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Foul Machinations Friday: Uralicans Uncut – Part One

vrag the gitwerc

Uralicans Uncut takes us back to Aventyr—when we last saw our intrepid heroes, their air ship struck a vacuum mine on the way out of Timeaus and instead of being destroyed, suffocated, or both, the party is sucked into the demiplane of Uklonjen. Danger abounds however, and they are immediately pulled down into a gravity well where they must face off against a dreaded tyngdekraften, a construct as strangely empowered as this new, low-gravity realm.

After the fight the PCs must navigate through Uklonjen using a crystal compass, following its trail to the Ancestral Gateway and, hopefully, back to Aventyr. Their route takes them straight through space infested with HEL spores and bloodcensers, nefarious psionic traps and haunts sure to harrow the crew. These hazards funnel the ship straight towards HEL’s Uklonjen gateway, bringing the adventurers to the notice of a truly dangerous foe, Vrag the Candlekeeper (along with a host of devils and his pet devilbound dinosaur). The gitwerc attempts to make the PCs’ vessel his own when it nears the gateway to HEL, but by ending the wretched creature’s existence the party brings an end to the portals infernal influence.

crystalBefore heading to the next gate, we showcase one of’s artists, Jacob Blackmon and his beautiful illustrations.

As the PCs consult the crystal compass on where to go next, the ship’s power fades, forcing the vessel to land where the party meets the natives of this plane, the Uralicans. These psionic peoples offer their help in exchange for information about their home plane, lost to them for centuries. While money isn’t useful here, the Uralicans can trade items, such as the black pudding cloak, or offer assistance in returning power to the PCs’ ship. Psionically charged xyrx crystals can be altered by taking them to the Plane of Ooze and should power the ship, but the gateway to the Plane of Ooze has been sealed away, and the only access is through a ventilation shaft. As the party approaches the gateway, the remains of an ooze who tried to return home lie in wait at the sentient ooze haunt before they can finish their mission of altering the xryx crystals.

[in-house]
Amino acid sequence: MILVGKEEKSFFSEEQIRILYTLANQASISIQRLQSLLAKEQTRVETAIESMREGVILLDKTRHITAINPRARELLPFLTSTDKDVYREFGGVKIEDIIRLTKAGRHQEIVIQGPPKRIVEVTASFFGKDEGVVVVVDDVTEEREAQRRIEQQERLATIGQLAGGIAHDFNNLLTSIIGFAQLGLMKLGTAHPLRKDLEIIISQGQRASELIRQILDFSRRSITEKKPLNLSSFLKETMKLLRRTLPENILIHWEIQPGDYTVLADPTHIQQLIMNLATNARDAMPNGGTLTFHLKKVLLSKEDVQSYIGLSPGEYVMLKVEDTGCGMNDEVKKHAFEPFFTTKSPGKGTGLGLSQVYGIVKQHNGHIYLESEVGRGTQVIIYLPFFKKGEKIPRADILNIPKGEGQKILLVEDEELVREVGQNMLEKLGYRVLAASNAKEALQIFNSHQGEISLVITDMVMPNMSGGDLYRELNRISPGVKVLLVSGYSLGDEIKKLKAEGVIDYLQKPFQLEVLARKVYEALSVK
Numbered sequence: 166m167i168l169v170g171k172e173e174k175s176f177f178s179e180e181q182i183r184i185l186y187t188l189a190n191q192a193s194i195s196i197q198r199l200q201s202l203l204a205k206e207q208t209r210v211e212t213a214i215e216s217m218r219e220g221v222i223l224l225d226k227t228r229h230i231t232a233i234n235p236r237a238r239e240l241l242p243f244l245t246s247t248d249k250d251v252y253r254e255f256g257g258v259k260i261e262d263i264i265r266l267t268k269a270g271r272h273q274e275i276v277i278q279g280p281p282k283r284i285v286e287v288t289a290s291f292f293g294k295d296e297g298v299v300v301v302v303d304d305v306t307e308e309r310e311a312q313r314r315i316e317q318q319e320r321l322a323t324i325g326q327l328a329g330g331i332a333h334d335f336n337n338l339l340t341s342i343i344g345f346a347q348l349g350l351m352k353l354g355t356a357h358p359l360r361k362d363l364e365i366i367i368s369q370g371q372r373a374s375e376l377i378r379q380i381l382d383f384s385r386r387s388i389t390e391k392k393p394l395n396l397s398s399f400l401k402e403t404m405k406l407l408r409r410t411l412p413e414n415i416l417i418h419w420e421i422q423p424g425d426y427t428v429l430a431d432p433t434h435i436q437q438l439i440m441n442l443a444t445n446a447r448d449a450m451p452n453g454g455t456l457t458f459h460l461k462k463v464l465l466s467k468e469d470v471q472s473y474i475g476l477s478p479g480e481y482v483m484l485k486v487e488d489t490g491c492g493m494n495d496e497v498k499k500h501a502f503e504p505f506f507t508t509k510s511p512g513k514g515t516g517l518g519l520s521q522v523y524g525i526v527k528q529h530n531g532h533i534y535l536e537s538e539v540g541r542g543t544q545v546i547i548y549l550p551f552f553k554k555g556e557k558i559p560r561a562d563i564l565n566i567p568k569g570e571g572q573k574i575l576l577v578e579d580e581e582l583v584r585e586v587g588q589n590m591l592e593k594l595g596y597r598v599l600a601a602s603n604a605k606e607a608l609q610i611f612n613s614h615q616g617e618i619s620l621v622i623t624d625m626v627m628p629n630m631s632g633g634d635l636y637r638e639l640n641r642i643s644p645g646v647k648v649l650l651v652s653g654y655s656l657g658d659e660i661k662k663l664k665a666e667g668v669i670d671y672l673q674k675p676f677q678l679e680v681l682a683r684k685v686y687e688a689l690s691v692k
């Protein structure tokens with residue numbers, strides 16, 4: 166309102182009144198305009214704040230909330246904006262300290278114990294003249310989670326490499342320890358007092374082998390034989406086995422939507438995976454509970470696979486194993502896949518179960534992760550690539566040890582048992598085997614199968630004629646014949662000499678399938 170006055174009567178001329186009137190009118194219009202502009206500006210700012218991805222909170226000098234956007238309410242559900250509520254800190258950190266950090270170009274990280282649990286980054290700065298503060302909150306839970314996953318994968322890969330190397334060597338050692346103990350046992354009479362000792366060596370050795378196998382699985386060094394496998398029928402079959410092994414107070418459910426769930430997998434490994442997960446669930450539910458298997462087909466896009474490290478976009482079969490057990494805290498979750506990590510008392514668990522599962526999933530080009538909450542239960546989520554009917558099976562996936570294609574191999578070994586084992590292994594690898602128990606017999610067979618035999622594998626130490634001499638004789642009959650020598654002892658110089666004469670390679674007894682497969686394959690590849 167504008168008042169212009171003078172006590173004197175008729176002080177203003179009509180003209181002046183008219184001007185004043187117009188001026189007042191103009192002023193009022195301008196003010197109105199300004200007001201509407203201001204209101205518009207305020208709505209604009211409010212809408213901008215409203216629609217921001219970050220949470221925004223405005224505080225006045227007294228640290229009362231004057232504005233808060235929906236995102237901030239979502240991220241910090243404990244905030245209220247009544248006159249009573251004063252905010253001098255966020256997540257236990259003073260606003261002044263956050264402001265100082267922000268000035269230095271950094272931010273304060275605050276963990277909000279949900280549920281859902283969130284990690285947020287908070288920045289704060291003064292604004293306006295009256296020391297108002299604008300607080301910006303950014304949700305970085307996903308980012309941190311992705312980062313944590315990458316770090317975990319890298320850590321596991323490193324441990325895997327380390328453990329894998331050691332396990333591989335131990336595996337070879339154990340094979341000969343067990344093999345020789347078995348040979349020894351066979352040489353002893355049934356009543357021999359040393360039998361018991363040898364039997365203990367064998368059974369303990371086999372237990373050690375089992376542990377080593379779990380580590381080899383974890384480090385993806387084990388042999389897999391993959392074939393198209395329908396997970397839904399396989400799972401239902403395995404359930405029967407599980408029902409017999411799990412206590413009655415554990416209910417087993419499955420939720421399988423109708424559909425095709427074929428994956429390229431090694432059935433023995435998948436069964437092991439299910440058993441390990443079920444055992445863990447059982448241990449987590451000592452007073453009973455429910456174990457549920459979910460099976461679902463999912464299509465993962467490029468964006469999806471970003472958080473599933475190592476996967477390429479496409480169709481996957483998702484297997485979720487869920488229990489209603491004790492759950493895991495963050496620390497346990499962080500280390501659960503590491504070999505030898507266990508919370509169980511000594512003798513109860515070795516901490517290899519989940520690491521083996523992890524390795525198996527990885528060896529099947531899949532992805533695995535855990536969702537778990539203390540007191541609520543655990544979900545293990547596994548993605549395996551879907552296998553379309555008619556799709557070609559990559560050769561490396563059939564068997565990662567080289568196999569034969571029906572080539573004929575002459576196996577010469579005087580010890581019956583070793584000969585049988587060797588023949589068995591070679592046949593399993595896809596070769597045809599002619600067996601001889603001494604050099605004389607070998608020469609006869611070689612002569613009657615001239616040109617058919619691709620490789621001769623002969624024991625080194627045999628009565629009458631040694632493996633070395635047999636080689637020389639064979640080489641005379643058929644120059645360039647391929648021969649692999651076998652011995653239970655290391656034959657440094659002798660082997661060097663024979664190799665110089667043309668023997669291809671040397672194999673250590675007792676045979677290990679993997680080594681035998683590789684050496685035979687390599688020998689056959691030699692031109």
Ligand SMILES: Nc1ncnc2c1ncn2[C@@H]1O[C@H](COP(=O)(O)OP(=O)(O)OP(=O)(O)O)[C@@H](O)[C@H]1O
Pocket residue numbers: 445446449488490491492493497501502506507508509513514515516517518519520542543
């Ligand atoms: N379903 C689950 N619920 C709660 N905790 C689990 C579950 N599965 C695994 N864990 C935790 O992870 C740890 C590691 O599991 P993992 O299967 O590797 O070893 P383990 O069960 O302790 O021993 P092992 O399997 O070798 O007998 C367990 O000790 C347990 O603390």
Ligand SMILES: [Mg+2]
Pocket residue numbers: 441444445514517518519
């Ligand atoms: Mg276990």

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Magic Item Monday (Macabre Manses): Jack-o-Lantern


Aura strong necromancy; CL 15th
Slot none; Price 6,000 gp; Weight 5 lbs.

This pumpkin has a frightening visage carved into the front of it and a light from inside casts flickering shadows across the walls.

When lit a jack-o-lantern projects shadows on the floor, walls and ceilings within 30 ft., all taking on the shape of the carving on the pumpkin. There are as many as 2d4+1 of these shadows projected. The projected shadows require a DC 18 Perception check to spot. Each of these shadows can make a melee touch attack vs. a single target with a +4 bonus, dealing 1 Strength damage on a successful hit (no save), and causing the target to be frightened for 1d4 rounds, or shaken for 1 round if a successful DC 15 Will Save is made. The shadow disappears after the attack, successful or not. The shadows can be destroyed by exposure to sunlight or the equivalent; when they have all attacked or been destroyed, the jack-o-lantern‘s light winks out.

The pumpkin itself can be physically destroyed (AC 5, 2 hp) but if it is physically destroyed, the light immediately goes out and a single shadow streams out of the pumpkin, attacking the jack-o-lantern’s destroyer. There is a 5% chance that shadow is a greater shadow.

Once lit, the pumpkins are active for 8 hours, and then they no longer function. They do not function in daylight.

DC 15     Bad things happen to those that disturb a jack-o-lantern.
DC 20     Jack-o-lanterns are often found near and around occult ceremonies.
DC 25     Jack-o-lanterns are deployed to guard their own.

Requirements one pumpkin (5 lbs. or more), create undead, cause fear; Cost 3,000 gp

The Macabre Manse’s grounds have been liberally sprinkled with jack-o-lanterns—the mere sight of these keeps most at bay.

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Tribal Troubles: Gypsy Bag

Rune-bagGypsy Bag
Aura faint transmutation; CL 5th
Slot none; Price 12,600 gp; Weight 1 lb.

This bag is generally made from cheap velvet or cotton made to look like silk. Simple embroidery, made to look like gold or silver, winds its way through the fabric in simple patterns.

Once per day, a gypsy bag can enchant a common item placed into it. Any item placed into the bag can be enchanted to act like a minor wondrous item of CL 3rd or below. Any item enchanted this way loses its potency in 24 hours, reverting to its mundane form. A small number of gypsy bags (1%) actually create a permanent magic item; after 5 uses however, it becomes inert. The 1% of gypsy bags that have this special property are not made any differently or made with different materials.

DC 15     Gypsy magic often disappears when an item crafted by the nomads leaves their territory.
DC 20     Gypsies are lucky in a way, often having a magic item to fit any need.
DC 30     It is said that a rich gypsy merchant once commissioned such a bag to be made. Rather than provide the standard shoddy materials, he gave the craftsman silk and golden thread; items made in this gypsy bag gained permanent enchantments.

Requirements Craft Wondrous Items, bag and embroider thread, magic weapon (greater); Cost 6,300 gp

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And the MAPMASTER Contest Winner is….

Mapmaster contest winner Justin Andrew Mason's prize-winning map!